With all of these, there exists
a struggle on the way we use and
process these pieces of information.
A lot of them are going to waste,
many of us are overwhelmed, we
are distracted and our initiatives are
scattered. Despite the advantages we
have, we still feel lost and most of
the time our focus is compromised.
The end purpose of technology,
which is to equip and prepare us
for the future ahead, is greatly challenged. As a young working student
myself, I can personally attest that
the distractions are difficult to
avoid. The pleasures it temporar-

Law / B7

Mr. Rikki Macolor


Electronics Engineer
Yolanda Relief Volunteer
Inventor of Solar Night Light for
Typhoon Yolanda Survivors

Vitorio Flojo

Mr. Leandro Santos II


Civil Law Student, University of
Santo Tomas

Dear Holy Father,


My name is Jun Chura, I am
fourteen years old, and I am a
former street child.
Because of the fact that my
family was not anymore able to
send me to school, I went away
from home and left my family.
Then I was feeding myself
with what I can find in the
garbage. I did not know where
to go and I was sleeping on the
sidewalk.
I was looking for a piece of
carton to make a mat. And I
was trying to overcome this
situation even if my body was
so dirty like my companions
in the street. They were also
overcoming their situations in
spite of the fact that their bodies were dirty also.
I did not know also how to
find food day after day, and
what I was doing was just to wait
for people to finish their meal in
restaurant, then I was asking for

their leftover. Also sometimes I


was roaming around just to find
broken material that I could
sell: I was looking for plastic
bottles, or papers and when my
bag was full, I was selling it to
make some money to buy some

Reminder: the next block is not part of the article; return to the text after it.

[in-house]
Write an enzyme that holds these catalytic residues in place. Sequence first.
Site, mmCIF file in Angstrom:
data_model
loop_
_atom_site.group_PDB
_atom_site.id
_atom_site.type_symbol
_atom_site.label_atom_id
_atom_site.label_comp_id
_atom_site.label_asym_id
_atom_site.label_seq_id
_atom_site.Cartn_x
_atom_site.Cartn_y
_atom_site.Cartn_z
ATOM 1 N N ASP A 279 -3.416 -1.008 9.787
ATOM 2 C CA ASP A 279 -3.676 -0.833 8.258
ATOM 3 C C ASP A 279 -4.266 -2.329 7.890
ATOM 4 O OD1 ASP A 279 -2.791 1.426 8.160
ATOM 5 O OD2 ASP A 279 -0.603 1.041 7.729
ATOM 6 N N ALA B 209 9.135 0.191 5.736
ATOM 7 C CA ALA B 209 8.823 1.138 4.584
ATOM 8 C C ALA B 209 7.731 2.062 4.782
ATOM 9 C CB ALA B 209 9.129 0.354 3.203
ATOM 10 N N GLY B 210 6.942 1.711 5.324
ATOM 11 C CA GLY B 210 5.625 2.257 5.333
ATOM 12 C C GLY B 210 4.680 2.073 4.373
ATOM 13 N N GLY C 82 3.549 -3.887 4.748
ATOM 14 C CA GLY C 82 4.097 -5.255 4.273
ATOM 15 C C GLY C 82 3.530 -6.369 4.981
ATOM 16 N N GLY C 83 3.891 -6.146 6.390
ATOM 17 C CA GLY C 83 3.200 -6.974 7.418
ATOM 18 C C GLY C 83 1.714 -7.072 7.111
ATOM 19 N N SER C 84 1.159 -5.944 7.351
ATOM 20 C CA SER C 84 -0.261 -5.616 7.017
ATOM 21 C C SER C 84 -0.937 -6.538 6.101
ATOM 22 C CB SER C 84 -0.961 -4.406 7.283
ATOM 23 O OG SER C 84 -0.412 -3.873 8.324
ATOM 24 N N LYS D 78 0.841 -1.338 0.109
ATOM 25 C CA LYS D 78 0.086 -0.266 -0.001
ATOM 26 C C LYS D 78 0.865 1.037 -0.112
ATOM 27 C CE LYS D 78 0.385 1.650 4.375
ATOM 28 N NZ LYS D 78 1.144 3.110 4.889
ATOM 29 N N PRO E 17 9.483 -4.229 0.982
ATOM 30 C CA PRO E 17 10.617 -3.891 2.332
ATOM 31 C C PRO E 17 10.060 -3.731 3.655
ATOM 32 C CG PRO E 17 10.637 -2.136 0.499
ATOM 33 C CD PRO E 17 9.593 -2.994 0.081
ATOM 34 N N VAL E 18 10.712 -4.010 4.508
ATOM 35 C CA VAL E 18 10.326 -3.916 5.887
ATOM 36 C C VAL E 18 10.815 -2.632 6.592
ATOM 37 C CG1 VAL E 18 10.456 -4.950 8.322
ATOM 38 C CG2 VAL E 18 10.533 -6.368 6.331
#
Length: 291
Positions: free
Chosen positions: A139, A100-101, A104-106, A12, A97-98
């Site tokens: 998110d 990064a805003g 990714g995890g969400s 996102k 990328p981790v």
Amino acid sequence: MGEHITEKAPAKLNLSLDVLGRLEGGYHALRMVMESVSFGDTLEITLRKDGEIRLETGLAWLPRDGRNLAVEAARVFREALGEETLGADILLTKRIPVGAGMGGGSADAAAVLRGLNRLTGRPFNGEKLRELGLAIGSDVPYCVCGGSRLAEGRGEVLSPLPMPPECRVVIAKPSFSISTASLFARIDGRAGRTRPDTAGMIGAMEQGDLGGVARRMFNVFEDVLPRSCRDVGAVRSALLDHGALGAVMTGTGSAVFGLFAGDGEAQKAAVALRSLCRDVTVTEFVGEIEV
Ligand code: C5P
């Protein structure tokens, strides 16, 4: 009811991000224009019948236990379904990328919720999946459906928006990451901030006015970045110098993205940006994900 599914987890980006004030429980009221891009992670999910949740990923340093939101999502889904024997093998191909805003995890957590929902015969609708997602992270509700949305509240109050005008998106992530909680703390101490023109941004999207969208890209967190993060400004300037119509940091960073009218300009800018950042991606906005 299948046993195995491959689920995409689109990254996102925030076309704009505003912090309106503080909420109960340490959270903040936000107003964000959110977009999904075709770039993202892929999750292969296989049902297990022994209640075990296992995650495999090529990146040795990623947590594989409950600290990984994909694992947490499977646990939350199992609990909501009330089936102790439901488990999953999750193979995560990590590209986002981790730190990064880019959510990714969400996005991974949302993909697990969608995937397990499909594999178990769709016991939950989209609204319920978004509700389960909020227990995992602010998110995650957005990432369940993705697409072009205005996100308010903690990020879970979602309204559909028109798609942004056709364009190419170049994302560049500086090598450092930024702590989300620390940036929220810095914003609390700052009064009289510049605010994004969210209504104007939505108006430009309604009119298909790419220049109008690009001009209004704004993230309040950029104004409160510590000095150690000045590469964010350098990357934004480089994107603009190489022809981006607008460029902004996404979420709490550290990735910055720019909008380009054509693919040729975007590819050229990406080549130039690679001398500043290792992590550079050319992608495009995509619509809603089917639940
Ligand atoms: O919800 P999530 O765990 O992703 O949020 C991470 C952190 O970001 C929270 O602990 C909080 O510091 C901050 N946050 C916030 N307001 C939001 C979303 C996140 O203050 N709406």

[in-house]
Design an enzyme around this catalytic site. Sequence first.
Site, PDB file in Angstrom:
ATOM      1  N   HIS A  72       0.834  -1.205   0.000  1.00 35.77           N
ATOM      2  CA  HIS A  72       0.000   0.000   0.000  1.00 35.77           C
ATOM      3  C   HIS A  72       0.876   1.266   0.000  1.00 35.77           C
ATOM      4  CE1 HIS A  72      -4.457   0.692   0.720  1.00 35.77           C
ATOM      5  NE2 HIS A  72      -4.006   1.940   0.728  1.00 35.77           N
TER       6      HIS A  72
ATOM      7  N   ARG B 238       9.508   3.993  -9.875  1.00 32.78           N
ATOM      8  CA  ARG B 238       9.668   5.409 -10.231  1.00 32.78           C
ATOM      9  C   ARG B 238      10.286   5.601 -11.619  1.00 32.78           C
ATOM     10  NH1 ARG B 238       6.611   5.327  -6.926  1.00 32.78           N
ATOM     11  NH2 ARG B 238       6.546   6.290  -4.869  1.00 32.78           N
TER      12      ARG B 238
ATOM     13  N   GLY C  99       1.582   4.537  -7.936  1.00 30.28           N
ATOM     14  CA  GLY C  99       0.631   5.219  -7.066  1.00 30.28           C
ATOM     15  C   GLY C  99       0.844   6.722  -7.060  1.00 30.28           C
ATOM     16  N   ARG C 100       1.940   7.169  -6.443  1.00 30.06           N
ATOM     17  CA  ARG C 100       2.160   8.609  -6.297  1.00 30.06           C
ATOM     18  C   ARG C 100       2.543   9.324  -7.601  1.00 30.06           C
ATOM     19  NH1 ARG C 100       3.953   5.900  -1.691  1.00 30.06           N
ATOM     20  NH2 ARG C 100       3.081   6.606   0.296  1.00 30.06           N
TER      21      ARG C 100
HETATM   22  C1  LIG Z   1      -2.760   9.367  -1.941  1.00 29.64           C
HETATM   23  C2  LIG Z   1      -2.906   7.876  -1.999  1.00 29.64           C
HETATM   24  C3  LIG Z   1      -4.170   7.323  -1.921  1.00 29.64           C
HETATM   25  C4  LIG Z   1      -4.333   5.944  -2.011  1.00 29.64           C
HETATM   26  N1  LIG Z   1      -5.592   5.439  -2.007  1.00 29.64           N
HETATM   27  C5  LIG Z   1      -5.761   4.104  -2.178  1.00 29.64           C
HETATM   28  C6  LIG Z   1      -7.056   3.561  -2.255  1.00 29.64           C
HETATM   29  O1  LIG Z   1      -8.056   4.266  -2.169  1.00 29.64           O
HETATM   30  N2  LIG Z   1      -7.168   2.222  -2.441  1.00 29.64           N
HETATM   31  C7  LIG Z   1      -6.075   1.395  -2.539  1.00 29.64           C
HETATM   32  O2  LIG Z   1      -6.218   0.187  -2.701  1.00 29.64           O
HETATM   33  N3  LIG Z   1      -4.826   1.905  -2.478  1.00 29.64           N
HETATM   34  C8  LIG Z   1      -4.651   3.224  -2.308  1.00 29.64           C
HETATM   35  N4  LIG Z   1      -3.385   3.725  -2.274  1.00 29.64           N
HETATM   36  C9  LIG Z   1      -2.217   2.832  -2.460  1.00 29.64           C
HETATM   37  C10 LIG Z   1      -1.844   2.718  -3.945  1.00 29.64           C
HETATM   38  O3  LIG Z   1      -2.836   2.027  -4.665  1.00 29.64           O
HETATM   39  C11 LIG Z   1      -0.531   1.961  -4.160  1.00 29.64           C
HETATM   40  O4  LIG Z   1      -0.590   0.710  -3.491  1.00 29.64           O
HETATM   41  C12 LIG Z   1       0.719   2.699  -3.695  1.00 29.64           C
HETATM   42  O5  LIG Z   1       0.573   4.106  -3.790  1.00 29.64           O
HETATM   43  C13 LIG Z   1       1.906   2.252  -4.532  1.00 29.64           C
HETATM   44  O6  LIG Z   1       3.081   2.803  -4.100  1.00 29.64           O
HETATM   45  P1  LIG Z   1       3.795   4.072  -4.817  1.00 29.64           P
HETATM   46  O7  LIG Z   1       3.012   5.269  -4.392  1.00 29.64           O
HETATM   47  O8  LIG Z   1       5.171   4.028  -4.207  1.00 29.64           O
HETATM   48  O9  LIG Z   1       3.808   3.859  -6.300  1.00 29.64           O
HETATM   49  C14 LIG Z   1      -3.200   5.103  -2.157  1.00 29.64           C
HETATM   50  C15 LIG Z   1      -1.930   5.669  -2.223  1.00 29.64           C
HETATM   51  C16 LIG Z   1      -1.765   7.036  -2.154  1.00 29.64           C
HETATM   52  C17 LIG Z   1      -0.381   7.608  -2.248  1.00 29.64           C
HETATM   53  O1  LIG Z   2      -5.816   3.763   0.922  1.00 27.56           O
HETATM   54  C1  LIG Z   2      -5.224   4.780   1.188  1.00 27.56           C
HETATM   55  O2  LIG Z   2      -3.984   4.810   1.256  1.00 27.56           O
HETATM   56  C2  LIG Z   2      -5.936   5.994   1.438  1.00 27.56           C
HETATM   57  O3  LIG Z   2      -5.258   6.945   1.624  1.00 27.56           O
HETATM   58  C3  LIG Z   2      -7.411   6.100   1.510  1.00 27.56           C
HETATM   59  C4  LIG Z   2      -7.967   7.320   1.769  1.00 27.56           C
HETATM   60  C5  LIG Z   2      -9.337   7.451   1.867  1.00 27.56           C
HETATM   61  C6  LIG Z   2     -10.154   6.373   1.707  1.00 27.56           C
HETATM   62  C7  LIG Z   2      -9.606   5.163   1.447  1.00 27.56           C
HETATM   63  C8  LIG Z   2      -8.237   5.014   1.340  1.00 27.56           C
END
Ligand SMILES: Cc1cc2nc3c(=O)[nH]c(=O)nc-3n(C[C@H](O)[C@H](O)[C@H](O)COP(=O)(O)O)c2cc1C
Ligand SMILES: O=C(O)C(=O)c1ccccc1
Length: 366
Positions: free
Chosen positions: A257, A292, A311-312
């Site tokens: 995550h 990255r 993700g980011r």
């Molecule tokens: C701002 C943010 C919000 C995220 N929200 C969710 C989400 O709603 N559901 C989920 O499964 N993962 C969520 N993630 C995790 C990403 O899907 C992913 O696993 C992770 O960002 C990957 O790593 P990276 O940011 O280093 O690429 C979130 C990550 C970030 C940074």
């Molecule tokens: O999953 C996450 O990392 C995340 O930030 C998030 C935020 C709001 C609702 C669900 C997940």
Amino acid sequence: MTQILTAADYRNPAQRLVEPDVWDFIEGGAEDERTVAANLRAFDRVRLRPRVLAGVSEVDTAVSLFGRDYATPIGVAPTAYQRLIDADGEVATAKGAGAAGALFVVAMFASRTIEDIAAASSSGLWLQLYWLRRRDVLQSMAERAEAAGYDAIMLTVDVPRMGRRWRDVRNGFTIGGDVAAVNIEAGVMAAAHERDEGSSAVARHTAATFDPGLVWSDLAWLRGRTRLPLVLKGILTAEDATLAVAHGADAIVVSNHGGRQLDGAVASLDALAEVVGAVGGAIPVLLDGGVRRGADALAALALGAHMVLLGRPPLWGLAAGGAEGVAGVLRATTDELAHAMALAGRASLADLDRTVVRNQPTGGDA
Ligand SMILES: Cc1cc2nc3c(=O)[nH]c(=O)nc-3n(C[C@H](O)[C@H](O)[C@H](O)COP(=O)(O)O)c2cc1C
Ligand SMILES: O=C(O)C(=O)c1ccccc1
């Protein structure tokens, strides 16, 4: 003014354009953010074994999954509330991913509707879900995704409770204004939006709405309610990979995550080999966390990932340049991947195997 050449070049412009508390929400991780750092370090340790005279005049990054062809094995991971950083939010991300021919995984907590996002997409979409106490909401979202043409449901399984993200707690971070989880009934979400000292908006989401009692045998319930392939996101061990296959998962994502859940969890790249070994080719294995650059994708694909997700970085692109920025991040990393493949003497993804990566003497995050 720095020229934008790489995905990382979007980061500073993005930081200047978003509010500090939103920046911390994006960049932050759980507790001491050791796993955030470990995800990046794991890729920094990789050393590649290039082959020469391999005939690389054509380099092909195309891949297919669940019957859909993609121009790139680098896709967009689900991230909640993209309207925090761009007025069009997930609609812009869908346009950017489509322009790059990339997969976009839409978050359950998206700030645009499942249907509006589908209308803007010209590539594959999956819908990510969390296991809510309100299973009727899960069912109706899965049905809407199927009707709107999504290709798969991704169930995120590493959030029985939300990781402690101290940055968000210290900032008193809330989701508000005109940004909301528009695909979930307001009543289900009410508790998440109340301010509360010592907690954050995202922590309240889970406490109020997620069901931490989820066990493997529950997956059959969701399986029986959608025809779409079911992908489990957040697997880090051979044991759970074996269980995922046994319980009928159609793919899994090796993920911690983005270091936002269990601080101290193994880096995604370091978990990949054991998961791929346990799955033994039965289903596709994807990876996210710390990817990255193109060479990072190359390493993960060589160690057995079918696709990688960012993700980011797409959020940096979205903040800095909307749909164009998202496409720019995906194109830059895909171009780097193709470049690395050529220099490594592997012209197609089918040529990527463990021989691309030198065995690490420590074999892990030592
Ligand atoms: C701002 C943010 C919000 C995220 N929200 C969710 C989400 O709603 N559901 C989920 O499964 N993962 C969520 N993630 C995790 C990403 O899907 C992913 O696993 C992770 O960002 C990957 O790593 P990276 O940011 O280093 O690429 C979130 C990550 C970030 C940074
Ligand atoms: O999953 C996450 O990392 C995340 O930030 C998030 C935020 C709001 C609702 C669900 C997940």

food. It happened also that I was
knocking at doors in the neighborhood to beg for food but
often they had nothing to give.
When I was in the street, I
witness also things I dont like,
terrible things that happened to
my companions in the street: I
saw that they were taught how
to steal, to kill also, and they
have no respect anymore for the
adults. Sometimes they were
quarreling because of the things
they stole. I saw also some children who were taught how to
use drugs like shabu, cigarettes
or marijuana.
I saw also some of my companions sniffing solvent or
glue. These are drugs also. This
is what I have often seen happening to my companions in
the street. When I was in the
street I was also very careful
because I saw also some of my
friends being fooled by adults.

Dear Pope Francis,


My name is Rikki Macolor. I
am 29 years old from Manila. I
am a fresh graduate from the Faculty of Engineering, University of
Santo Tomas. It has been over a
year since the Yolanda incident
has happened. However, my body
could still remember the sensations that I felt when I alighted a
cargo plane in Leyte; The stench,
distraught and despair. I started
to question myself if our research
would even have any impact to
any of the communities. I hope it
would. I prayed it would.
Our project was simple: To provide lighting and, somehow, to
also shed some light of hope to the
calamity stricken communities.
It was not high tech and I didnt
expect it to be big. I did neither
dreamt of a flying robot nor a really
fancy gadget. I just wanted to create
something with my colleagues to
be able to help the best way that
we could. Additionally, I wanted

Questions to the Pope:


Dear Pope Francis, how can we be
successful without being blinded by
earthly pursuits? How can we pursue success and prosperity without
being worldly? What more can the
youth do? How can we, especially
the youth, be agents of mercy and